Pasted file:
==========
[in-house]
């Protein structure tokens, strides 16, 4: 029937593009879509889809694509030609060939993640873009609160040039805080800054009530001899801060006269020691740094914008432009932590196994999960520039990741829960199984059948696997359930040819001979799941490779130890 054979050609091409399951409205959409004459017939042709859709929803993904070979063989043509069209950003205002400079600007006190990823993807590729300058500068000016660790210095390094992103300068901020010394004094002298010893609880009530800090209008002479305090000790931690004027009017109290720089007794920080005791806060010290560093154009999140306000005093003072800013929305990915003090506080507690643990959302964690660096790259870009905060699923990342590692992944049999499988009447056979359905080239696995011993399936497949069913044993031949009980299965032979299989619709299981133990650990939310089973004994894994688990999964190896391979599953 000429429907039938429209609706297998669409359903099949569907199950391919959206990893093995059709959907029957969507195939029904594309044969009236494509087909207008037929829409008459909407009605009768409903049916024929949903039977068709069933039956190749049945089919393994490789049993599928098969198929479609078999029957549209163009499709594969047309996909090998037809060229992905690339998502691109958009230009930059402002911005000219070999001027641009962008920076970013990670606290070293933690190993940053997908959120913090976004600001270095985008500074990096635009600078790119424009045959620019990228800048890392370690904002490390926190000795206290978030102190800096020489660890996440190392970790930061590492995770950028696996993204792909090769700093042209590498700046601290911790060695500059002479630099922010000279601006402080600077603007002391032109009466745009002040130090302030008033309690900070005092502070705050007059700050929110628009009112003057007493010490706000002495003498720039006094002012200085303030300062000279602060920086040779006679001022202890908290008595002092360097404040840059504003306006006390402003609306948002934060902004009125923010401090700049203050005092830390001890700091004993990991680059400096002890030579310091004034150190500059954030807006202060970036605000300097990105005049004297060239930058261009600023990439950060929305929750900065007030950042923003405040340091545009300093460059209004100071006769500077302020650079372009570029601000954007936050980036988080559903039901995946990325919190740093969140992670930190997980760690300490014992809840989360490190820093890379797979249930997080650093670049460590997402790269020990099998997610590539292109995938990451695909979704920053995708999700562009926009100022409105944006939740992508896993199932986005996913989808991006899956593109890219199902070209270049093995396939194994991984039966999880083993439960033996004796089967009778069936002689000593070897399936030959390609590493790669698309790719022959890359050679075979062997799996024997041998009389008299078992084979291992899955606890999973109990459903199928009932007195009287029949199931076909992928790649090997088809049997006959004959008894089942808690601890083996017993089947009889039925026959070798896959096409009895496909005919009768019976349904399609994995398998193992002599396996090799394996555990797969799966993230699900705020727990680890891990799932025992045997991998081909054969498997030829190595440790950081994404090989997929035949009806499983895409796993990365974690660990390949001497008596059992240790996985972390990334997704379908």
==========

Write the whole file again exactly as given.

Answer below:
[in-house]
């Protein structure tokens, strides 16, 4: 029937593009879509889809694509030609060939993640873009609160040039805080800054009530001899801060006269020691740094914008432009932590196994999960520039990741829960199984059948696997359930040819001979799941490779130890 054979050609091409399951409205959409004459017939042709859709929803993904070979063989043509069209950003205002400079600007006190990823993807590729300058500068000016660790210095390094992103300068901020010394004094002298010893609880009530800090209008002479305090000790931690004027009017109290720089007794920080005791806060010290560093154009999140306000005093003072800013929305990915003090506080507690643990959302964690660096790259870009905060699923990342590692992944049999499988009447056979359905080239696995011993399936497949069913044993031949009980299965032979299989619709299981133990650990939310089973004994894994688990999964190896391979599953 000429429907039938429209609706297998669409359903099949569907199950391919959206990893093995059709959907029957969507195939029904594309044969009236494509087909207008037929829409008459909407009605009768409903049916024929949903039977068709069933039956190749049945089919393994490789049993599928098969198929479609078999029957549209163009499709594969047309996909090998037809060229992905690339998502691109958009230009930059402002911005000219070999001027641009962008920076970013990670606290070293933690190993940053997908959120913090976004600001270095985008500074990096635009600078790119424009045959620019990228800048890392370690904002490390926190000795206290978030102190800096020489660890996440190392970790930061590492995770950028696996993204792909090769700093042209590498700046601290911790060695500059002479630099922010000279601006402080600077603007002391032109009466745009002040130090302030008033309690900070005092502070705050007059700050929110628009009112003057007493010490706000002495003498720039006094002012200085303030300062000279602060920086040779006679001022202890908290008595002092360097404040840059504003306006006390402003609306948002934060902004009125923010401090700049203050005092830390001890700091004993990991680059400096002890030579310091004034150190500059954030807006202060970036605000300097990105005049004297060239930058261009600023990439950060929305929750900065007030950042923003405040340091545009300093460059209004100071006769500077302020650079372009570029601000954007936050980036988080559903039901995946990325919190740093969140992670930190997980760690300490014992809840989360490190820093890379797979249930997080650093670049460590997402790269020990099998997610590539292109995938990451695909979704920053995708999700562009926009100022409105944006939740992508896993199932986005996913989808991006899956593109890219199902070209270049093995396939194994991984039966999880083993439960033996004796089967009778069936002689000593070897399936030959390609590493790669698309790719022959890359050679075979062997799996024997041998009389008299078992084979291992899955606890999973109990459903199928009932007195009287029949199931076909992928790649090997088809049997006959004959008894089942808690601890083996017993089947009889039925026959070798896959096409009895496909005919009768019976349904399609994995398998193992002599396996090799394996555990797969799966993230699900705020727990680890891990799932025992045997991998081909054969498997030829190595440790950081994404090989997929035949009806499983895409796993990365974690660990390949001497008596059992240790996985972390990334997704379908």